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Tension-type and Cervicogenic Headache Care Pathway

Date of last update: April, 2024

Signs or Symptoms of Pathology (Red Flags)


Clinical Cornerstone: Consider asking additional questions that help to further evaluate for the potential presence of red flags in headaches. Red flags are symptoms or signs that may indicate the presence of a serious pathology and should be deliberated in the clinician’s differential diagnosis.

  • Spinal fracture

    • Red flags include: history of osteoporosis, corticosteroid use, severe trauma or dangerous mechanism, female sex, older age, history of spinal fracture, history of cancer, history of falls, ≥65 years of age, paresthesias in extremities, inability to actively rotate the neck 45 degrees to the left and right (Canadian C-Spine Rule).

    • Action: to appropriate provider for immediate imaging.


  • Intracranial tumor (benign or malignant)

    • Red flags include: history of cancer, unexplained weight loss, unexplained significant night sweats, pains worse at night or that wake the patient, progressive headaches worse with exertion or coughing, personality change, new onset or change of headache after age 40.

    • Action: Refer to an appropriate provider.

  • Infectious disease

    • Red flags include: progressive headache, intravenous drug use, poor living conditions, immunosuppression, recent surgery/invasive interventions, history of TB/born in TB-endemic country, recent infection, unexplained constitutional symptoms (e.g. fever/chills).

    • Action: Immediate emergency referral.

  • Cervical myelopathy

    • Red flags include: gait disturbances, hand clumsiness, non-dermatomal numbness, weakness or numbness and weakness involving  lower extremity / bowel / bladder, coordination problems.

    • Action: Immediate emergency referral.

  • Meningitis

    • Red flags include: neck stiffness, severe generalized headache that is worse upon flexion with reactive hip / knee flexion, neck pain or headache with fever or  vomiting or rash,  altered mental status, photophobia.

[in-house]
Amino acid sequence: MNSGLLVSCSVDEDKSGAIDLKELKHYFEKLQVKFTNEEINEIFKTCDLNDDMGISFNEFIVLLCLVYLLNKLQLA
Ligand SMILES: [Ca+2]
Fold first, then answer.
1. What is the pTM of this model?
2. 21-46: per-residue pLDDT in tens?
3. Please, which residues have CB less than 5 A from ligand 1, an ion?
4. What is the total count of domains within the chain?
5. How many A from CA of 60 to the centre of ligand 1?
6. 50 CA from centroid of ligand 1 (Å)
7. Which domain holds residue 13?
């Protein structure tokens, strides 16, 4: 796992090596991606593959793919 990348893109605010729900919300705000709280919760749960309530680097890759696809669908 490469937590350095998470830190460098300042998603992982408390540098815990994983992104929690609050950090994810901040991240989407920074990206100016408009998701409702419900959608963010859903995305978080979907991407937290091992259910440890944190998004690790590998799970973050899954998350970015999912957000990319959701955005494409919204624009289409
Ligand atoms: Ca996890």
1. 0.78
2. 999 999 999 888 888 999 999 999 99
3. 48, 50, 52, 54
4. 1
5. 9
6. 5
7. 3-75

• Action: Immediate emergency referral.

  • Cranial or Cervical Vascular Disorders

    • Red flags include: severe neck pain and/or headache (described as the worst pain ever)(may be acute onset or progressive), double vision, difficulty initiating swallowing, dizziness, drop attacks,facial numbness, difficulty walking, nausea, nystagmus, new onset of headache after age 40, jaw claudication.

    • Action: Immediate emergency referral.

  • Intracranial/Brain Lesion

    • Red flags include: sudden (reaches maximum intensity within five minutes) and intense onset headache (“thunderclap headache”), recent (within three months) trauma.

    • Action: Immediate emergency referral.

  • Neurological disorders (e.g., MS, ALS, neurodegenerative disorders)

    • Red flags include: upper/lower motor neuron findings, clonus.

    • Action: Refer to appropriate provider.

  • Acute narrow-angle glaucoma

    • Red flags include: associated severe unilateral eye pain, blurred vision, light halos, nausea or vomiting.

    • Action: Immediate emergency referral.

Orange Flags


Clinical Cornerstone: Orange Flags are symptoms or signs that may represent the presence of serious psychiatric disorder (e.g., major depression, major personality disorders, post-traumatic stress disorders [PTSD], substance addiction and abuse). In the event such disorders are present, referral to a psychiatric specialist would be indicated over usual care in the presence of non-major disorders such as anxiety. Screening can include:

Conduct patient assessment

Red flags or Orange flags present

Red flags or Orange flags present

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Refer to appropriate emergency or healthcare provider





(Diagnosis of tension-type headaches,

diagnosis of cervicogenic headaches, prognosis)

Headache Associated with Neck Pain

  • Structured patient education

  • Assurance

  • Self care

  • Emotional/social support

Additionally for Persistent Tension-type Headaches

  • Specific neck and shoulder exercises